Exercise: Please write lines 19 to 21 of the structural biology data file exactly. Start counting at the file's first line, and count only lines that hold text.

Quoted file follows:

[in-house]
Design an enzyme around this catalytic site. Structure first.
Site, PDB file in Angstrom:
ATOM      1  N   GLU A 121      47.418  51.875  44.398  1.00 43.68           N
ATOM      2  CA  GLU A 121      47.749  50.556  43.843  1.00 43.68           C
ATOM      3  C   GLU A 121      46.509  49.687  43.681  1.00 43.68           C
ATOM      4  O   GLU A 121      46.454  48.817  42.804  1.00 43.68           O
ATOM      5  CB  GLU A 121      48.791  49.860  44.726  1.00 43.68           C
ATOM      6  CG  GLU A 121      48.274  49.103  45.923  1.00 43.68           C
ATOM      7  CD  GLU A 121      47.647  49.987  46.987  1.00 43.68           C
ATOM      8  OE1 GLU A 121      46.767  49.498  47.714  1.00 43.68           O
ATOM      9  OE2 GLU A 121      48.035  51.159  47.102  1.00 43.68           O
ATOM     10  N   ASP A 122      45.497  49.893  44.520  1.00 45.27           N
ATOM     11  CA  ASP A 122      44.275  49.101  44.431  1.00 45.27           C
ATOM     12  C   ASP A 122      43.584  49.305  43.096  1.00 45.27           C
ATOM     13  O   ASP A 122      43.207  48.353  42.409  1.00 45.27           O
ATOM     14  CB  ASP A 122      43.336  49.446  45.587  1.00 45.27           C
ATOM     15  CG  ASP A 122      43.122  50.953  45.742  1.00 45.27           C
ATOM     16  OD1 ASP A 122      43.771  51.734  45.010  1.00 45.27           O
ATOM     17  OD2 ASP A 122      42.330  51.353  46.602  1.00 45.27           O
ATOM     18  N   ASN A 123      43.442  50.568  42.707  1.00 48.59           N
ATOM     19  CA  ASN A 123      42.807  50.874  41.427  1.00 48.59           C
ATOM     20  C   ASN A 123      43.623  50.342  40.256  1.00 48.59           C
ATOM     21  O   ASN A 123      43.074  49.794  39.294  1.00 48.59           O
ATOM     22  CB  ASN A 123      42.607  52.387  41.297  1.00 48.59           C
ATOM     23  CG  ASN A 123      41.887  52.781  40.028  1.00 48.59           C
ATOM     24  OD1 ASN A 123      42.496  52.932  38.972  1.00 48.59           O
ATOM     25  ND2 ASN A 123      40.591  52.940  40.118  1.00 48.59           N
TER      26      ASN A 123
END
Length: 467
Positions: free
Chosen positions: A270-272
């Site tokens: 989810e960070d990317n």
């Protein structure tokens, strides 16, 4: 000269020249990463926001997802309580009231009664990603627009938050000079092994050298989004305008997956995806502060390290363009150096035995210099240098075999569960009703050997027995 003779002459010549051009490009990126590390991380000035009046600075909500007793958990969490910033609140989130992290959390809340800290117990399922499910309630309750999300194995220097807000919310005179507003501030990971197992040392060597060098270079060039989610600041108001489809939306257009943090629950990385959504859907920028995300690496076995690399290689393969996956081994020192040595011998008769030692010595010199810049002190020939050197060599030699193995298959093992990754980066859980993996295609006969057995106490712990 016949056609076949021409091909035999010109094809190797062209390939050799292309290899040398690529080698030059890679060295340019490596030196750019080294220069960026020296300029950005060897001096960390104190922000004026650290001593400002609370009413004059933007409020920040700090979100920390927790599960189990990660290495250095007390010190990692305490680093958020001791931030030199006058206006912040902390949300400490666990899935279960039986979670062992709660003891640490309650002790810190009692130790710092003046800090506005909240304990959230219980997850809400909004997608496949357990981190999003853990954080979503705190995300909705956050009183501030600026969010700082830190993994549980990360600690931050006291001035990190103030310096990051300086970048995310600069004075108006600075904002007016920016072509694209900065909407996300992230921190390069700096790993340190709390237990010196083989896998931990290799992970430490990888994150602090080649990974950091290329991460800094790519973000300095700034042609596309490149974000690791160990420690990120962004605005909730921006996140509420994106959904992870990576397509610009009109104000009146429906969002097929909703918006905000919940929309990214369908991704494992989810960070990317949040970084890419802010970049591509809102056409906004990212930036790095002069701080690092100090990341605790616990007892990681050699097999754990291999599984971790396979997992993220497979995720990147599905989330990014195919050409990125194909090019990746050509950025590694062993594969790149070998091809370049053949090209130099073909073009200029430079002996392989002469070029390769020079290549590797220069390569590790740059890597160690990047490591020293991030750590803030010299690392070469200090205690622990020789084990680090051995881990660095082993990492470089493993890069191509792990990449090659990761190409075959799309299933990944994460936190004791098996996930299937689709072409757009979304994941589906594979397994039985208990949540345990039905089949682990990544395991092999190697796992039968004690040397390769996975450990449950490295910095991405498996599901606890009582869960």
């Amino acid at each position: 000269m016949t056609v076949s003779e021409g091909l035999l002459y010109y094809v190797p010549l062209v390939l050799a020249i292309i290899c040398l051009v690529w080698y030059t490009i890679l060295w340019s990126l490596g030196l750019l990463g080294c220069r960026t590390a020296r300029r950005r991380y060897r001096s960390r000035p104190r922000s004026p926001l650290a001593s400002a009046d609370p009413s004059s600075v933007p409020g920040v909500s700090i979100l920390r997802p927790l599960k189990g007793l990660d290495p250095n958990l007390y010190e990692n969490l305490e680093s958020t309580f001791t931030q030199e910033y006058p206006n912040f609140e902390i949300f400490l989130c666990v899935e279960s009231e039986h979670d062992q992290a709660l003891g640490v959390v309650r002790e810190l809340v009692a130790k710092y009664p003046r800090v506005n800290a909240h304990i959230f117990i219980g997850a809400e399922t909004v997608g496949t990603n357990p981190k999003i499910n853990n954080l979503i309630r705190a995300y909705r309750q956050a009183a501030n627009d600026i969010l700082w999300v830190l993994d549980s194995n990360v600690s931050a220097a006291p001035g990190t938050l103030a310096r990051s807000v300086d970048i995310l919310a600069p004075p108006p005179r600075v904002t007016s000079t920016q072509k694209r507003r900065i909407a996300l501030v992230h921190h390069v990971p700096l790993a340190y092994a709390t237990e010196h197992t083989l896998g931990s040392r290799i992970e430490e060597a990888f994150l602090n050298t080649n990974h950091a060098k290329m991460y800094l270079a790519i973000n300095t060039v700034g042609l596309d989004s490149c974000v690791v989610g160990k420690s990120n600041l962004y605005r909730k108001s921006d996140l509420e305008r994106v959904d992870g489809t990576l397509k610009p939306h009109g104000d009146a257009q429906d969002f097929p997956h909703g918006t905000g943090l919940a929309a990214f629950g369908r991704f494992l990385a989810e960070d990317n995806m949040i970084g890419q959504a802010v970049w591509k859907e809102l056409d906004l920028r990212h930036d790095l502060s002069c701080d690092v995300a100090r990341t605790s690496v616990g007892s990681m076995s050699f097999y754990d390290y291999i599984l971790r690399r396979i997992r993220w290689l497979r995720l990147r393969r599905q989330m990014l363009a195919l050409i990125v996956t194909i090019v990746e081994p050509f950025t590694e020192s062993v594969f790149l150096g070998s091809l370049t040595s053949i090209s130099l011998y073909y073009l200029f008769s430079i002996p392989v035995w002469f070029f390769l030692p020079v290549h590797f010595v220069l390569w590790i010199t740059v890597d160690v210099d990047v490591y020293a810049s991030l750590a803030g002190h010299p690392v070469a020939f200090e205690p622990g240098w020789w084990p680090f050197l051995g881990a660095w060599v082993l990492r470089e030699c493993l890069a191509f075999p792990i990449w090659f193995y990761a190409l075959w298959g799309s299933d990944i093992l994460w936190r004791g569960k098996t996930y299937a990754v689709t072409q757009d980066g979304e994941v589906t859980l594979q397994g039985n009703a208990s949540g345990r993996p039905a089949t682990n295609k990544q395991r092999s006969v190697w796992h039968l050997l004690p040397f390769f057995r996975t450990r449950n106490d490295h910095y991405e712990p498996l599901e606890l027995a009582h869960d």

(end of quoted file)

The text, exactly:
ATOM     16  OD1 ASP A 122      43.771  51.734  45.010  1.00 45.27           O
ATOM     17  OD2 ASP A 122      42.330  51.353  46.602  1.00 45.27           O
ATOM     18  N   ASN A 123      43.442  50.568  42.707  1.00 48.59           N